- Make judicious use of the machine gun turrets. They don’t have a wide turn angle, so avoid using them if there are enemies that can sneak up behind you or on your sides.
- Use the destructible terrain to your advantage. When strategically appropriate, blow out bridges, machine gun turrets, and enemy cover.
- Familiarize yourself with the locations of ammo caches and replenish your bullets, grenades, and charges before you run dry. Ammo caches hold a limited supply of rocket launchers–use them before your enemies do.
When picking which class you’d like to spawn as, you should take into consideration the map, the game type, and what the current situation is in-game.
The Rifleman serves as the general-purpose class. He is effective at all but the longest of ranges, and is equipped with Breach Charges. Use these to create an alternate entrance to a heavily-guarded building, or deploy them as traps. When in doubt about which class to choose, pick Rifleman.
The Gunner‘s light machine gun is perfect for laying down suppressive fire against groups of enemies. Not as accurate as the Rifleman, the Gunner packs a bigger punch and rarely has to reload. He is equipped with Frag Grenades, which can be used to either kill or flush out enemies entrenched behind cover.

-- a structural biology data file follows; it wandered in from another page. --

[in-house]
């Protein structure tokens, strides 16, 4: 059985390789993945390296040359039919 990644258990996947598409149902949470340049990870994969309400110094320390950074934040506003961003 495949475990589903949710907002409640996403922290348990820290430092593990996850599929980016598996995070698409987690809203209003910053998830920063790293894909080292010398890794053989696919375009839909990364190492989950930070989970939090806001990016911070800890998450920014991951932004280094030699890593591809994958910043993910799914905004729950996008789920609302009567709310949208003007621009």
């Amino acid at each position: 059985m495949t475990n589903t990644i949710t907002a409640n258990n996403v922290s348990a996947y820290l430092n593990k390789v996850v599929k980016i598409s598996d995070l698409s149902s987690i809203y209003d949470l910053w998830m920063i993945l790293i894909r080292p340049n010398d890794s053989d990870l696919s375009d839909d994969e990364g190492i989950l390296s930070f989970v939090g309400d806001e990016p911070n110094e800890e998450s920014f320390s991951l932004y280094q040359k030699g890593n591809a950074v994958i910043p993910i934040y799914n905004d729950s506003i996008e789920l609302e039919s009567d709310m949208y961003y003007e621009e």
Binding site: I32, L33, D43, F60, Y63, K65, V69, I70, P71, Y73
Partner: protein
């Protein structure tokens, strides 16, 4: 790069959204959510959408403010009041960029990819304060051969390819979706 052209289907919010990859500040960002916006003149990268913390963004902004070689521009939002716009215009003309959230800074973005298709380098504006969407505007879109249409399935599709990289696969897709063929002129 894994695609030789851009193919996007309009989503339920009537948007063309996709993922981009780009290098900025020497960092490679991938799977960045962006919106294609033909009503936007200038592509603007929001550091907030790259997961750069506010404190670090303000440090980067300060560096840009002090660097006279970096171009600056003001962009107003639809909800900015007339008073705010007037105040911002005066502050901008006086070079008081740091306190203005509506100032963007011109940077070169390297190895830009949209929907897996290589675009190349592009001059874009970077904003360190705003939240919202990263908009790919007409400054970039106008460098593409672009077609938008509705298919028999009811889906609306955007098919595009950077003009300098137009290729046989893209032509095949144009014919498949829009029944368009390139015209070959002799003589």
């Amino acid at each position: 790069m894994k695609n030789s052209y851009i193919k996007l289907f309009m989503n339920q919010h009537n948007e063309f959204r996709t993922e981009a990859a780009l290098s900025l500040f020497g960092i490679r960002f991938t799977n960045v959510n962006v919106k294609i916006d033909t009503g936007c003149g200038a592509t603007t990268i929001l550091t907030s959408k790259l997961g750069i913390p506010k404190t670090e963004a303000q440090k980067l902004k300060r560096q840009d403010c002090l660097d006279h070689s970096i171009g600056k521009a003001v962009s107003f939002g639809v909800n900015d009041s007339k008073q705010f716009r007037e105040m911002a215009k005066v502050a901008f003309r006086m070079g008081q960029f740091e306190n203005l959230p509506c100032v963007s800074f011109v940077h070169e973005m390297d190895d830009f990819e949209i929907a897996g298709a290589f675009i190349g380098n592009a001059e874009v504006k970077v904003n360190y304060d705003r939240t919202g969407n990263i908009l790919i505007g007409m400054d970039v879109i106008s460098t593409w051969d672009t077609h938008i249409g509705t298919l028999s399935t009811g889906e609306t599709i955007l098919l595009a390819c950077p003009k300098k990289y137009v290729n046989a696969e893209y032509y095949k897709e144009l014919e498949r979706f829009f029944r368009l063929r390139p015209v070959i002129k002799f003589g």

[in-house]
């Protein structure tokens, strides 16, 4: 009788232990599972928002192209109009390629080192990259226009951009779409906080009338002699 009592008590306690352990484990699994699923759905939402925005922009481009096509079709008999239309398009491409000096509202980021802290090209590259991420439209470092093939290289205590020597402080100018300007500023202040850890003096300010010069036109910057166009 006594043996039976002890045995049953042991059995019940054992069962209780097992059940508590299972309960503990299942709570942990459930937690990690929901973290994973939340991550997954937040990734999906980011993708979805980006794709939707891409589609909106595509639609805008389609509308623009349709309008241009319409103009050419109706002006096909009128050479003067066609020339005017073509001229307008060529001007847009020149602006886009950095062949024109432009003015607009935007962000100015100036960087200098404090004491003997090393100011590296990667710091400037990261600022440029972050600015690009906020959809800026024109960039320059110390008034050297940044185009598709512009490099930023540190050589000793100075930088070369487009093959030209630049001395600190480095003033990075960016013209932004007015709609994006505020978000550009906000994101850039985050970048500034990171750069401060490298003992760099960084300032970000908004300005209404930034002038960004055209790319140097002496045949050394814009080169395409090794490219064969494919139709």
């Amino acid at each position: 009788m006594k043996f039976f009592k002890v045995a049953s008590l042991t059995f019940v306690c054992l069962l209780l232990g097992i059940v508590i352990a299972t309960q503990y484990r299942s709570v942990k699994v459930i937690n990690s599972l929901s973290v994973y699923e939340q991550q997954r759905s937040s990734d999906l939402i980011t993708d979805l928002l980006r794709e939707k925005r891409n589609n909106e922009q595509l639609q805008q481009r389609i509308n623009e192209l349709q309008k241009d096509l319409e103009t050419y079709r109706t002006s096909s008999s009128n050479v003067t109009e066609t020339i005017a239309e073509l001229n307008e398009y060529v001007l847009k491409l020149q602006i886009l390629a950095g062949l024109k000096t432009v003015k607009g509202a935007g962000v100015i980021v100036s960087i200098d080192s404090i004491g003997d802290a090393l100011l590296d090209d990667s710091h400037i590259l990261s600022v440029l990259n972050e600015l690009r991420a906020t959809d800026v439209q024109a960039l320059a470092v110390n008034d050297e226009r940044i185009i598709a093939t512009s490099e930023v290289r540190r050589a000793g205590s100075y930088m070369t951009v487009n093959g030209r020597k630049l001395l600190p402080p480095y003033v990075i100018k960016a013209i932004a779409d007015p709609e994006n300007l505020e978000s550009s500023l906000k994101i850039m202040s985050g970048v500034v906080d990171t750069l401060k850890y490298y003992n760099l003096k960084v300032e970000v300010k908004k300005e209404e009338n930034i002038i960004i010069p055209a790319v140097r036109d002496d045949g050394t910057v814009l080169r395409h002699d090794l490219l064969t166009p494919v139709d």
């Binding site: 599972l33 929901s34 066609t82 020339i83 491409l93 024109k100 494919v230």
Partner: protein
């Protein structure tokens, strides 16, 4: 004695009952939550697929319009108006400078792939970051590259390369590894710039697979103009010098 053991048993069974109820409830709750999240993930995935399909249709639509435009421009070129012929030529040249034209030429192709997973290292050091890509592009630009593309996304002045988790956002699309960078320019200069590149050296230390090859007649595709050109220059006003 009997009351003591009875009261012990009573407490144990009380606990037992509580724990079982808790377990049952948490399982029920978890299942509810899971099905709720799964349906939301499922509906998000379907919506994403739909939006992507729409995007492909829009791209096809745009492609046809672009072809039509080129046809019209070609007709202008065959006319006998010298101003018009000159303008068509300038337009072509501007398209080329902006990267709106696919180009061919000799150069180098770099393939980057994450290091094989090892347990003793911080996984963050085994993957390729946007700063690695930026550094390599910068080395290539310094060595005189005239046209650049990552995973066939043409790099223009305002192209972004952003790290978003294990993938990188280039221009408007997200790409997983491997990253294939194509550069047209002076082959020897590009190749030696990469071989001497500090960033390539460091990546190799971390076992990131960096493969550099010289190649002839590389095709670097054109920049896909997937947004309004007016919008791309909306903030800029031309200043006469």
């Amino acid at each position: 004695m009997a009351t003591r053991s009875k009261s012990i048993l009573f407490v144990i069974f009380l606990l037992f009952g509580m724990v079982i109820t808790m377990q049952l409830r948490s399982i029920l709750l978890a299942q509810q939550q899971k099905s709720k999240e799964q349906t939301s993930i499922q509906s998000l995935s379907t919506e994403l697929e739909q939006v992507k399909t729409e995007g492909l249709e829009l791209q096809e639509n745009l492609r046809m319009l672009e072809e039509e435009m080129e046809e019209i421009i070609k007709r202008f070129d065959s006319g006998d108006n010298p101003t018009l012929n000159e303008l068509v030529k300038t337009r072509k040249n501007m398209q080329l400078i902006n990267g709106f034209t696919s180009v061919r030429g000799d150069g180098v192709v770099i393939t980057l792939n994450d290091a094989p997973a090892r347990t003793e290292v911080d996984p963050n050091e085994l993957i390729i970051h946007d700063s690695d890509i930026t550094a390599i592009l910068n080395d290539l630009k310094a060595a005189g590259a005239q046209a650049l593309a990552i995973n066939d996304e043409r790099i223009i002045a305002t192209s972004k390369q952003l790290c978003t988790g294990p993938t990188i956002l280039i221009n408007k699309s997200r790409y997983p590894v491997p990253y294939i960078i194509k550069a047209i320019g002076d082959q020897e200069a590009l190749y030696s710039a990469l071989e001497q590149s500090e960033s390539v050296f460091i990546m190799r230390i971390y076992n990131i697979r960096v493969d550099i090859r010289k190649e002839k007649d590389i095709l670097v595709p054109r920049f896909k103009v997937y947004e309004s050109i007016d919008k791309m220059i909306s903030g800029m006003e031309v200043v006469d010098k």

The Sniper is the long-range solution to all your short-term problems. This class is most useful at the start of a match, when the two opposing teams have spawned at opposite ends of the map. As the match progresses, battles tend to become more up close and personal, rendering Snipers less useful. Like the Riflemen, they are equipped with Breach Charges.
The Support class is armed with a semiautomatic shotgun. Up to 8 shells can be loaded and unleashed in a rapid-fire barrage that is devastating in close quarters. Equipped with Smoke Grenades, this class can nullify the range advantage of Snipers or Riflemen and force enemies to fight on their terms.
Every class is equipped with a pistol as a backup weapon. A Sniper may rely on his pistol for close and medium quarters, while a Support may use it for longer range.
In this game type, several control points can be found on the map, indicated on-screen and on your radar with letters within chevrons. Points are colored according to which team controls them, or white if they have yet to be captured.
Each point controlled by your team will award points over time, making this a highly offensive game type. While defending a control point may seem like a good idea, if there is no action at your location, then you’re wasting time you can be spending capturing an enemy control point–and every second counts.
Points are captured by remaining in proximity to them for a few seconds. While a kill will generally earn you 5xp, capturing a control point is worth 10xp.
In this game type, one team must escort a convoy across the map within a given time limit, while the other team must stop it.